School has started!October 20th, 2015 by Jennifer Lara
Allan Bloom states that “Education is the movement from darkness to light.” Summer is over and school is back in session. Transitioning to the school year can be an exciting time, yet it can also carry worries for everyone. Students can struggle with worries about classes, schoolwork, and classmates. Worries connected to transitioning to the school routine and structure, and how to support students during this time can surface with parents and guardians. It is important to remember that worries connected to the back-to-school transition are normal feelings for all. Research has shown that a student experiencing significant amounts of anxiety can struggle with being able to focus and receive information – necessary tasks for succeeding in school. Thus, providing students with time and space to process worries not only validates and normalizes her/his feelings, but also provides an opportunity for problem-solving. A sense of control and predictability can enhance feelings of safety and alleviate worries. Being able to problem-solve potential “what-ifs” and explore options for these scenarios provides students with a sense of control. Further, discussing a structure and routine for school and extra-curricular activities provide predictability for the school week.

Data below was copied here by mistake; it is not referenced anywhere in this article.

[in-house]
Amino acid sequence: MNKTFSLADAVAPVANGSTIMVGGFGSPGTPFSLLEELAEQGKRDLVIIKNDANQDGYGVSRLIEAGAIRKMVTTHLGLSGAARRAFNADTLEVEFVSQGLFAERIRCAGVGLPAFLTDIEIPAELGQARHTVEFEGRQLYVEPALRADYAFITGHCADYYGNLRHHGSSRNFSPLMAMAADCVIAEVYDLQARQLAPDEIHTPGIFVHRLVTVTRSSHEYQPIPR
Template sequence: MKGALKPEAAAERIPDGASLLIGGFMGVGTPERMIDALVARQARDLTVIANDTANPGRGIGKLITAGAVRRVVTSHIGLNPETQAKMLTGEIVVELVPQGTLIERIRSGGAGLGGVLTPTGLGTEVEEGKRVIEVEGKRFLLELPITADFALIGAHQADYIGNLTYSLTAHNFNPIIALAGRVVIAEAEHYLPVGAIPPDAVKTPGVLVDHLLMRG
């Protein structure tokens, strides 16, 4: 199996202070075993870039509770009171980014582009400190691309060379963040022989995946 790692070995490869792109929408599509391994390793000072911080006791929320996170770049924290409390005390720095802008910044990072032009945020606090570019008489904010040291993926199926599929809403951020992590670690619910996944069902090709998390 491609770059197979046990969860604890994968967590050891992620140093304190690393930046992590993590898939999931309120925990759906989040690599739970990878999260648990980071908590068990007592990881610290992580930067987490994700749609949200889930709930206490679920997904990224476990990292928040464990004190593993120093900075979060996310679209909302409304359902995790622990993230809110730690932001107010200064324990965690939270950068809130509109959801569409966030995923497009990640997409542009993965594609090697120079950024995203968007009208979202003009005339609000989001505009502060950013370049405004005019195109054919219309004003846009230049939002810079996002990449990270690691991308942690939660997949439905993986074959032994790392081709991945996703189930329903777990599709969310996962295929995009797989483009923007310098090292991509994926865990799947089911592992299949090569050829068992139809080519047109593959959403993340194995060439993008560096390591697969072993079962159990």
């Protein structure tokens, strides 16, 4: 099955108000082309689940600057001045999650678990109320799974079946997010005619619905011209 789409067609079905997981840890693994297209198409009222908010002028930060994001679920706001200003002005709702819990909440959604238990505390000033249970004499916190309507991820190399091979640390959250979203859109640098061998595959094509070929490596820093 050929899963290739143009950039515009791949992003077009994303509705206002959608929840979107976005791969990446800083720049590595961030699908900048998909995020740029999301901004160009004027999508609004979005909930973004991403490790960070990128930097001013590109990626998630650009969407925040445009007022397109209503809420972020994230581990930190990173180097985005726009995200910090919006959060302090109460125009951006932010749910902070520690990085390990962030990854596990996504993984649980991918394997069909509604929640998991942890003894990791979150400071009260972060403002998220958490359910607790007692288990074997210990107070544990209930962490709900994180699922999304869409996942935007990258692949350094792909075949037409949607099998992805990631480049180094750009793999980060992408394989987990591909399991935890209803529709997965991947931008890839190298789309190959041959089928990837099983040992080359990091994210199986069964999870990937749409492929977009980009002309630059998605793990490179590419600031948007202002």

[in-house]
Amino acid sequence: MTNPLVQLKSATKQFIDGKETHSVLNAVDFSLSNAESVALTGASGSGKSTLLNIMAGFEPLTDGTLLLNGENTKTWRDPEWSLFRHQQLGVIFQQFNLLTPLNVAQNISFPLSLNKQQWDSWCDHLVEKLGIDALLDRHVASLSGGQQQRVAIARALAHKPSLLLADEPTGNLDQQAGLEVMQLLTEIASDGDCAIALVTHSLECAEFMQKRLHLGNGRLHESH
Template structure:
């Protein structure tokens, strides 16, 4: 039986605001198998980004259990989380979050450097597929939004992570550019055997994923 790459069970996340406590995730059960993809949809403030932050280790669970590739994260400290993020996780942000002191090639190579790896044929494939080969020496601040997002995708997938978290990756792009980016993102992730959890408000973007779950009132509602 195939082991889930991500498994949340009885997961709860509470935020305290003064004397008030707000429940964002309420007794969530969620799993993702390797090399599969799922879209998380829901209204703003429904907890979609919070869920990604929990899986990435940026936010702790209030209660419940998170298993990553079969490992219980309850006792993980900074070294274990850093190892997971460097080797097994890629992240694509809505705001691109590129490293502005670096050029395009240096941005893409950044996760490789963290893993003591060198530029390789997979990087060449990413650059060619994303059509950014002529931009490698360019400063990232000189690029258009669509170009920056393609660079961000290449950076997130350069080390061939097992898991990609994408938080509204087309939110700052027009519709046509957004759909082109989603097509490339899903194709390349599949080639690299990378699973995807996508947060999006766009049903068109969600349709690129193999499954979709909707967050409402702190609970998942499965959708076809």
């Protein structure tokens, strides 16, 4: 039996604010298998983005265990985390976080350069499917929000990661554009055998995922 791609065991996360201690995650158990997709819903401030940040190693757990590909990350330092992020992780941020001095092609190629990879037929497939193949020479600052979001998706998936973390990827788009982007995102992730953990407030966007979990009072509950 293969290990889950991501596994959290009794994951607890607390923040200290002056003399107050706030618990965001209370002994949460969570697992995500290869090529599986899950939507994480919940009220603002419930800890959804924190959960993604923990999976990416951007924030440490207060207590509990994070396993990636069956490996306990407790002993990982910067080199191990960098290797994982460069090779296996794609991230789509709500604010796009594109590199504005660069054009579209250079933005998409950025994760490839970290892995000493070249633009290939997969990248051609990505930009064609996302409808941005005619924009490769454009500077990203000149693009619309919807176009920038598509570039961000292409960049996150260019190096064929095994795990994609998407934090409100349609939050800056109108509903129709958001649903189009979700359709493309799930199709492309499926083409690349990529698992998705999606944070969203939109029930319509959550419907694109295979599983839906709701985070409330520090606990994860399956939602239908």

It is also normal for parents and guardians to experience worries connected to the beginning of the school year. As a parent or guardian, take time to explore and process your feelings. What are your worries about the school year? Are you reacting to the student’s anxiety? What are your options for problem-solving? Who can you connect with for support? Processing worries parents have is just as important as processing those of the student.
The school year can also bring about fears of being the target of bullying. The American Justice Department research reports that 1 out of ever 4 kids will be bullied sometime throughout their adolescence. Being the target of bullying can exacerbate worries the student already feels. Advocating for targets and contacting school administrators for support is a necessary step. Schools should have a policy in place for when students are targets of bullying. Further, exploring tools for targets to enhance their rights and voice their boundaries can provide a sense of control and confidence. For students that are not targets of bullying, seek to engage them in a conversation on being an “Upstander” and ways s/he can significantly disrupt the bullying dynamic.
Overall, though the school year can be filled with worries, it can also be filled with positive experiences and accomplishments. Providing students with a space to explore, process, and problem-solve will allow them to be aware of the positive experiences the school year has to offer. In honor of Bullying Awareness month, Bully Free Beverly will hold a conversation to discuss resources available for understanding and eliminating bullying (see details below). To connect you or your family with a therapist that can provide a safe space to explore challenges that surface during the school year, contact Beverly Therapists.
About the Author
Jennifer Lara, LCPC is a psychotherapist in private practice. She is co-founder of Beverly Therapists, a local collaborative of counseling professionals. To reach Beverly Therapists, call 773-310-3488; or to reach Jennifer directly, call 773-251-8016